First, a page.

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Growing season check-in: Soil moistures doing fine, need some warmer weather

The cool temperatures and wind we've had over the past several weeks haven't let spring let up to its typically optimistic connotation. Farmers aren't worried yet.

POLK CITY, Iowa — Wednesday did not exactly live up to an April spring-like day. Temperatures only reached the upper 40s, with off and on showers pretty much all day. 

It did, however, live up to an April showers reputation.

So far this year, farmers have had trouble getting seeds into the ground due to colder April temperatures.

"We're still waiting for it to warm up. Today, our soil temperatures are still around 40. We'd like to have them at 50 degrees and on a warming trend," Polk City farmer Kenny Lund told Local 5.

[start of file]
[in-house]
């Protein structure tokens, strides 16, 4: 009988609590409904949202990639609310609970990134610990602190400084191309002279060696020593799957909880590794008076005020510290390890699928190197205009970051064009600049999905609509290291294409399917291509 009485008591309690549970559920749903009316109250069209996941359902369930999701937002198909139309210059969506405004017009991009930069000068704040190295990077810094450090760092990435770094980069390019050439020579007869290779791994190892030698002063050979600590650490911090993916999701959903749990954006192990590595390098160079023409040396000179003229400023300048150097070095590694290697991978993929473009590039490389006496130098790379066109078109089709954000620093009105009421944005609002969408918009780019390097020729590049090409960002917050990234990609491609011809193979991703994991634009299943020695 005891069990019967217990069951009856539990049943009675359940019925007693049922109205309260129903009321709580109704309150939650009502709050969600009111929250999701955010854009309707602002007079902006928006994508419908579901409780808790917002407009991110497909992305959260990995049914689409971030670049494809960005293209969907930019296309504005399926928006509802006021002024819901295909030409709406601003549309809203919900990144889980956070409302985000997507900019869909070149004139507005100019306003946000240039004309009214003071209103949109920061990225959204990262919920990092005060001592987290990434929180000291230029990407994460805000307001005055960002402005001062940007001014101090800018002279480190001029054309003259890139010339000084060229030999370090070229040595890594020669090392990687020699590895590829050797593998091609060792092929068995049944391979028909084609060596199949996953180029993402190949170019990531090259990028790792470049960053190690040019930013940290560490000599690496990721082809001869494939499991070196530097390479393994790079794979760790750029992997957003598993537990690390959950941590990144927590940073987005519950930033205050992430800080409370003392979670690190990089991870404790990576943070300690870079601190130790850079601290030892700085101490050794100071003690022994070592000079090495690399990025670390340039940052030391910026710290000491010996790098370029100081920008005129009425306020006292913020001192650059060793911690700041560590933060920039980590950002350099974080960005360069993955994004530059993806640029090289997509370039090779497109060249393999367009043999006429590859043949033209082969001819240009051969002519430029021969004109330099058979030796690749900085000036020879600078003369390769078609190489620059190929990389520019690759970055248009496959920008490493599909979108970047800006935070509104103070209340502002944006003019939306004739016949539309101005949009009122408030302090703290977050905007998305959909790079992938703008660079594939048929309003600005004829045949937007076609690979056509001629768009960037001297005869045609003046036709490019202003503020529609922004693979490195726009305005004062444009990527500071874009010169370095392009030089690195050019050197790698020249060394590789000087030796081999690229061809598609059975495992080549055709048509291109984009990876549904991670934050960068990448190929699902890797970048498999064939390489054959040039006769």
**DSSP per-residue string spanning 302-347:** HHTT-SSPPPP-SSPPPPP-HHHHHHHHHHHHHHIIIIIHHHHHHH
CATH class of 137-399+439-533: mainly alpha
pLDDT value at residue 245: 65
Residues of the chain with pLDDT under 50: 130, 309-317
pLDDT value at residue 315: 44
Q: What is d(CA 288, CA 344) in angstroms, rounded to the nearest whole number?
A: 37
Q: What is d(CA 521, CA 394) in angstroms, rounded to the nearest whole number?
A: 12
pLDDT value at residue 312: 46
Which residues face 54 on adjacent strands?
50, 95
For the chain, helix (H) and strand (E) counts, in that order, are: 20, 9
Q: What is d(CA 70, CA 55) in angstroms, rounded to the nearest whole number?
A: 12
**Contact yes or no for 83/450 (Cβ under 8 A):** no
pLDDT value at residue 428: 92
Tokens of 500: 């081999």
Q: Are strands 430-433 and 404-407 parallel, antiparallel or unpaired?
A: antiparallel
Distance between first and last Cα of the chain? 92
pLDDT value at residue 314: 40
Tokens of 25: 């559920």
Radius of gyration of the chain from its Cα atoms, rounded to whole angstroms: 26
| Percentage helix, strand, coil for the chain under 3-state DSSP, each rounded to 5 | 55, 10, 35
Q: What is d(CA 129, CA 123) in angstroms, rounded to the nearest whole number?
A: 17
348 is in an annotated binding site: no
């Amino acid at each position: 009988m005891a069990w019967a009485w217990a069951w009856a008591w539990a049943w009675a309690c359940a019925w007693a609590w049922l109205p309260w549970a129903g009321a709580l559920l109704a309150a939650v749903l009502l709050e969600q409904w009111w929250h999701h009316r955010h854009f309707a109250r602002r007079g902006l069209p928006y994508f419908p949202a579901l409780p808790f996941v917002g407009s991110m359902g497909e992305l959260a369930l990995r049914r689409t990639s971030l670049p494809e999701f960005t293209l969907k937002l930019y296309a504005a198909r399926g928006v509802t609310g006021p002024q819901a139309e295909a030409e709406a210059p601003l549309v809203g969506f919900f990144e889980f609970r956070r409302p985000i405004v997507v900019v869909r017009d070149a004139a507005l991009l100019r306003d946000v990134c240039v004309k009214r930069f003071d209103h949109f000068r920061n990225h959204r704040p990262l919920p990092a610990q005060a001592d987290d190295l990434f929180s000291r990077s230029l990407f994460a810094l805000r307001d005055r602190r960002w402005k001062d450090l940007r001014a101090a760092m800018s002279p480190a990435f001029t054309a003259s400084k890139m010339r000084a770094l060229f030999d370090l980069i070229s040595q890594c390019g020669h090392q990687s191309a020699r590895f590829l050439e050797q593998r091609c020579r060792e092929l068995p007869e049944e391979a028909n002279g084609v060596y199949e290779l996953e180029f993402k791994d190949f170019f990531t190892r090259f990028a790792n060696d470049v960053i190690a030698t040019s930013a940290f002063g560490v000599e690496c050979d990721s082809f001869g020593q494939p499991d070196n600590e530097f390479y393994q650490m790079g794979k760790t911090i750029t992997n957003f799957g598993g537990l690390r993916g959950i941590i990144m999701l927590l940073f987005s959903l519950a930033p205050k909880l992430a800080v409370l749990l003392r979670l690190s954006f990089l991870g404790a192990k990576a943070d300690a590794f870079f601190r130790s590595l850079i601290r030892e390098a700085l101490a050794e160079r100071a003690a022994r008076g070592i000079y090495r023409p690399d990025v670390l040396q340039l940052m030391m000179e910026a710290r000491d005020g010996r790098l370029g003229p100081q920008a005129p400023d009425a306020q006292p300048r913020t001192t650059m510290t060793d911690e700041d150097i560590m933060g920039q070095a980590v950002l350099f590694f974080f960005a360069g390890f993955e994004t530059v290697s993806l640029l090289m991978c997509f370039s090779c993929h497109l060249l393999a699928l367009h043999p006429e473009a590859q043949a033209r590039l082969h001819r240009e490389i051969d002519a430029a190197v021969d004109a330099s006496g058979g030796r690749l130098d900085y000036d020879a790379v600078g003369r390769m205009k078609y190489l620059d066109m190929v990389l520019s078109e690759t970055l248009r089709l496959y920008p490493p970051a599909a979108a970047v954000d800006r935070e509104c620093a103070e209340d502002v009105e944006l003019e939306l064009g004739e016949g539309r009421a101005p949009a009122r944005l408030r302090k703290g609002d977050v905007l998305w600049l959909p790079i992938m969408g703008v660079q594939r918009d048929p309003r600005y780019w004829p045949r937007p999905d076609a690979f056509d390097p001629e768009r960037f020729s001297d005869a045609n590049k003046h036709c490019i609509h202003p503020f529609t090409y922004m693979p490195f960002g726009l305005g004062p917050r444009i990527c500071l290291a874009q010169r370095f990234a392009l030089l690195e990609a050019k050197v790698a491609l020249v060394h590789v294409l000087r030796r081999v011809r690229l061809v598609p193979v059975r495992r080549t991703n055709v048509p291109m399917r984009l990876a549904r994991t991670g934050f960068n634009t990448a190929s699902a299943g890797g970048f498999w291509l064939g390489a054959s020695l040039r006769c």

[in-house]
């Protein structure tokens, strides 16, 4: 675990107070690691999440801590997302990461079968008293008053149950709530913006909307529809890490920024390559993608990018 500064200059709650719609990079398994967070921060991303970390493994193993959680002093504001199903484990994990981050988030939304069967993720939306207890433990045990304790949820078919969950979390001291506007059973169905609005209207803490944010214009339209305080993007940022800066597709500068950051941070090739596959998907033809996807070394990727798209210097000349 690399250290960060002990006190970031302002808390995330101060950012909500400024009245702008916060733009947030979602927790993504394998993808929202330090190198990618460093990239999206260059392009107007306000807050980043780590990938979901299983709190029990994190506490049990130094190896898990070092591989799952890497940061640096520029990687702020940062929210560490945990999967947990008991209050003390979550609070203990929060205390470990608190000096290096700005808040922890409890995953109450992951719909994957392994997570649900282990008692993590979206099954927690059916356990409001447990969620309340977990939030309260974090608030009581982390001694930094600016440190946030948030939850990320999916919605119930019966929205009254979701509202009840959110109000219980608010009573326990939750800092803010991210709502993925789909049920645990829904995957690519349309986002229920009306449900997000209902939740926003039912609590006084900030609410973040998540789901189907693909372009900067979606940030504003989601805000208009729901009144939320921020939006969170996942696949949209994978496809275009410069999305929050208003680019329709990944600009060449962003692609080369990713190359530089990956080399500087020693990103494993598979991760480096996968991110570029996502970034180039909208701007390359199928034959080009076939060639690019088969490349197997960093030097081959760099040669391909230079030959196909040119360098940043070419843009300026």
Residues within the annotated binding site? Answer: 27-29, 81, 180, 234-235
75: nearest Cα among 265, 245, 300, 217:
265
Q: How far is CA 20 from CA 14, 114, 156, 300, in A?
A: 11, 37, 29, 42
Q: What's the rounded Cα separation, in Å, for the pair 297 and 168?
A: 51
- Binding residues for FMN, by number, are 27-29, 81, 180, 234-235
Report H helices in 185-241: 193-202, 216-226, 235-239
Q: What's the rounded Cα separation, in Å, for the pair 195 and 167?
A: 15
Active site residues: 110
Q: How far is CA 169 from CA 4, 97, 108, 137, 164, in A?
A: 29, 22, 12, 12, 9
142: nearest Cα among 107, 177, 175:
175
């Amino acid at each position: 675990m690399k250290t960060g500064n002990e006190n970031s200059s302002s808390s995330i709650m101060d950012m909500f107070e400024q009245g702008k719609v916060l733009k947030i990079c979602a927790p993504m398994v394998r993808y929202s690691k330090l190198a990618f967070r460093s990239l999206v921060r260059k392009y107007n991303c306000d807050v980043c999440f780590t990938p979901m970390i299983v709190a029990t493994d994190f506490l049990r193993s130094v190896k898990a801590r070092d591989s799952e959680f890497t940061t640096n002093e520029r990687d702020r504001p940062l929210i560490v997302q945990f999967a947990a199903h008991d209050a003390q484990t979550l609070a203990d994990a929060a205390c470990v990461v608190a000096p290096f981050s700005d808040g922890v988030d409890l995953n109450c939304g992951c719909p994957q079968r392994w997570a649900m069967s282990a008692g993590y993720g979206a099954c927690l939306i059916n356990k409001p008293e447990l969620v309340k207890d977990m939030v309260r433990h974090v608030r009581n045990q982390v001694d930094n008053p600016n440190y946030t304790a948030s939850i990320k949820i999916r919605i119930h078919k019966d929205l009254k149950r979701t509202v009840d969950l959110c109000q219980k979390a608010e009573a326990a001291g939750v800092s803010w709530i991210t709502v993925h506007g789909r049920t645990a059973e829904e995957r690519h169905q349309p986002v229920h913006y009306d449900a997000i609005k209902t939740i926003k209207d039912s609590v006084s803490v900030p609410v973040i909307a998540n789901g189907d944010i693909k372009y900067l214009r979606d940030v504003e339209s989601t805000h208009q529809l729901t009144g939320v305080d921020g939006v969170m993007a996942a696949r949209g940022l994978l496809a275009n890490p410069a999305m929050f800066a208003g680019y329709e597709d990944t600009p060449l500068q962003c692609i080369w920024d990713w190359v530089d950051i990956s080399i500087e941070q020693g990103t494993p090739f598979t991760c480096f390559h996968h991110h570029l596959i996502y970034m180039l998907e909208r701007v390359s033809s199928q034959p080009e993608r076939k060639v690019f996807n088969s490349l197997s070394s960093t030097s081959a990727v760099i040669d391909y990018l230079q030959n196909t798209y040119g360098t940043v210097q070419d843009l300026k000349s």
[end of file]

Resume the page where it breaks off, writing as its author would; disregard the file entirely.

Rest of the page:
That's the benchmark. Once soil temperatures reach that 50-degree mark, it can give farmers the green light to get planters out on their land.

By this time last year, Lund already had most of his crop planted. Last March, the air temperature ran five degrees above the average and was a lot drier, which skyrocketed soil temperatures.

"We've got a great window to plant heading into the early part of May. So we're not too concerned right now," Iowa State climatologist Dr. Justin Glisan said.

That quick and dry start to spring last year led drought conditions to worsen quickly heading into the warmer months. The drought peaked in mid-June before easing by October.

Credit: WOI

This year, soil moisture levels are doing better, and with the rest of the rain in the forecast for Friday and Saturday, once warmer temperatures do eventually arrive, it'll be all systems go.

"The 100th percentile of soil moisture would be a soaked sponge, so no capacity for infiltration of more water. Much of the state is at the 30th percentile or below, which is a lot better than last year," Glisan added.

Credit: WOI

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